As the La Salle Explorers embark on the second-half of their 2015-2016 season, there is certainly a recipe for their success that needs to be followed. They will need to start games off strong, contain their opponent’s big men, and get strong play from Amar Stukes. If La Salle can combine all three of these factors, they will find some more wins this season. However, without realizing these three keys to success, it will be a long spring for the La Salle men’s basketball team and Explorers’ fans alike.
Photo: David Swanson/Philly.com
Struggling through a seven-game losing streak, the current state of the La Salle Explorers was looking bleak. For La Salle’s matchup against the Dayton Flyers on Saturday afternoon, a comfortable Flyers win seemed imminent. The Explorers are still playing without forwards Rohan Brown and Yevgen Sakhniuk and it was expected that the Flyers would use their up-tempo-motion offense to attack the Explorers’ defense through ball movement and setting up forward Dyshawn Pierre with inside looks. La Salle’s head coach Dr. John Giannini did a great job of creating a conservative game plan that took Dayton out of their up-tempo comfort zone and manufactured the biggest win of the season so far for his Explorers.
Offensively, La Salle ran their offense mostly out of a 1-4 or 1-2-2 set with either Jordan Price or Johnnie Shuler at the top of the play and dribbling the ball until there was about 10-12 seconds remaining in the shot clock, then running a pick and roll play for an efficient look.
When asked about the tempo affecting Dayton, Dr. Giannini said, “Very few people play that way so it is unusual. People like to be comfortable, not a lot of people want to play against that.”
This strategy was a really smart move by Dr. Giannini for two reasons. First of all, milking down the shot clock allows the players to rest on offense. La Salle only used six players during this game. Both Cleon Roberts and Amar Stukes played all 40 minutes of the game, Jordan Price played 38 and had Tony Washington not have fouled-out with 2:30 remaining, he would have added onto his 34 minutes played in this game. With the Explorers five starters averaging 37 minutes played, an up-tempo attack was not a viable option. Knowing that he is not playing with a full hand, Dr. Giannini implemented the slow-tempo attack and saved his players energy on offense so that they would be able to give an all-out defensive effort.
Sophomore guard Amar Stukes, who scored a season-high 13 points to go along with a pair of steals, said about the benefits on defense from slowing the game down, “We definitely had a lot more energy on defense. We were able to keep the ball in front of us this game and get some good stops towards the end. The energy we had from the rest on offense really helped us out this game.”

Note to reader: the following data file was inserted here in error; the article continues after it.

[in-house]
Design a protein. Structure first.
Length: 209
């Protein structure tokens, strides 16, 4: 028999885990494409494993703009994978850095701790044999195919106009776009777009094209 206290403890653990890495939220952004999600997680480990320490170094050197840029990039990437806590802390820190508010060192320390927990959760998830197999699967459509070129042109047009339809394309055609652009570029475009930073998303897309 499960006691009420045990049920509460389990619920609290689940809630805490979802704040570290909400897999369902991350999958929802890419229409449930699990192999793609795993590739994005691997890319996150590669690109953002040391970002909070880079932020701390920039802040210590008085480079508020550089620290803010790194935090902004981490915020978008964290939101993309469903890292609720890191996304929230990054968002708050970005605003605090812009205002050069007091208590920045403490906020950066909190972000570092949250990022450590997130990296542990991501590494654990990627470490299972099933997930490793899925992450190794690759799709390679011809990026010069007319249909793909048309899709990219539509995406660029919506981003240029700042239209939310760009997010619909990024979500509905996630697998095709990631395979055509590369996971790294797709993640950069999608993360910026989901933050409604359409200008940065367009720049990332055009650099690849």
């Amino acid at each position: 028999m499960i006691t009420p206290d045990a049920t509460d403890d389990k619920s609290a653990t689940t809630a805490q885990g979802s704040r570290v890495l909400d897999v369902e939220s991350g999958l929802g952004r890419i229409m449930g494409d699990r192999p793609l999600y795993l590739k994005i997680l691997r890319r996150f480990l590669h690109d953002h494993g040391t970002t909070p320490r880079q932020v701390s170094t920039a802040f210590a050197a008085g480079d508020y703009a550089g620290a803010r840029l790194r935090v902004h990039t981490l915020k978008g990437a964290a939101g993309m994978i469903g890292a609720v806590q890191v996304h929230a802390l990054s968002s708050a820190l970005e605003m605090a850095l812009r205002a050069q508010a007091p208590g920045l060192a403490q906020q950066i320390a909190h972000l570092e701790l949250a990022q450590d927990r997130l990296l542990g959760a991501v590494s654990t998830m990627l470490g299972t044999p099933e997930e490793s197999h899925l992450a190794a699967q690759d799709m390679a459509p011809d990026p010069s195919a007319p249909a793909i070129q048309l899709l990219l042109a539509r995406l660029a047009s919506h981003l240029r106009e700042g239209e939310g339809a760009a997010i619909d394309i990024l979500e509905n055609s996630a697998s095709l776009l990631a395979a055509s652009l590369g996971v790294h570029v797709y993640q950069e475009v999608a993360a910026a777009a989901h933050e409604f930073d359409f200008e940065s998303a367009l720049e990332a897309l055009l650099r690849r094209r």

Another reason this conservative offensive game plan worked for the Explorers is because the more passes in an offensive possession, the more opportunities the offense has to turn the ball over. In this offense, La Salle does not waste any passes in a possession and the Explorers were able to turn the ball over only 10 times against a Dayton defense that is averaging 13.4 opponent turnovers per game. With La Salle’s low turnover number, the Dayton Flyers were not able to produce many fast-break points, forcing them to run their offense almost exclusively in the half-court.
It wasn’t only the offense that was conservative for the Explorers. La Salle’s half court defensive strategy was a mix of man-to-man and 2-3 zone, never really pushing the Flyers with any full-court pressure. La Salle’s defense is really what won the game. Dayton averaged 74.6 points per game heading into Saturday’s matchup. Against La Salle, Dayton was only able to score 57 points. One might think that La Salle’s time-draining offense limited the amount of Dayton possessions over the course of the game, but Dayton’s 55 field goals matched their season average for team field goals per game. What caused Dayton to only put up 57 points was their 30.9% shooting from the field, almost 17% lower than their season average of 47%. The Explorers collapsing defense forced the Flyers to attempt 25 three-point shots, Dayton only connected on seven of those attempts.
Despite 20 offensive rebounds from the Flyers, La Salle was able to stay with Dayton in the rebounding matchup, snagging 32 compared to Dayton’s 36. Considering how undersized the Explorers are, going with four and five-guard lineups, La Salle can consider the rebounding battle yesterday a success for them despite giving up four more rebounds to Dayton.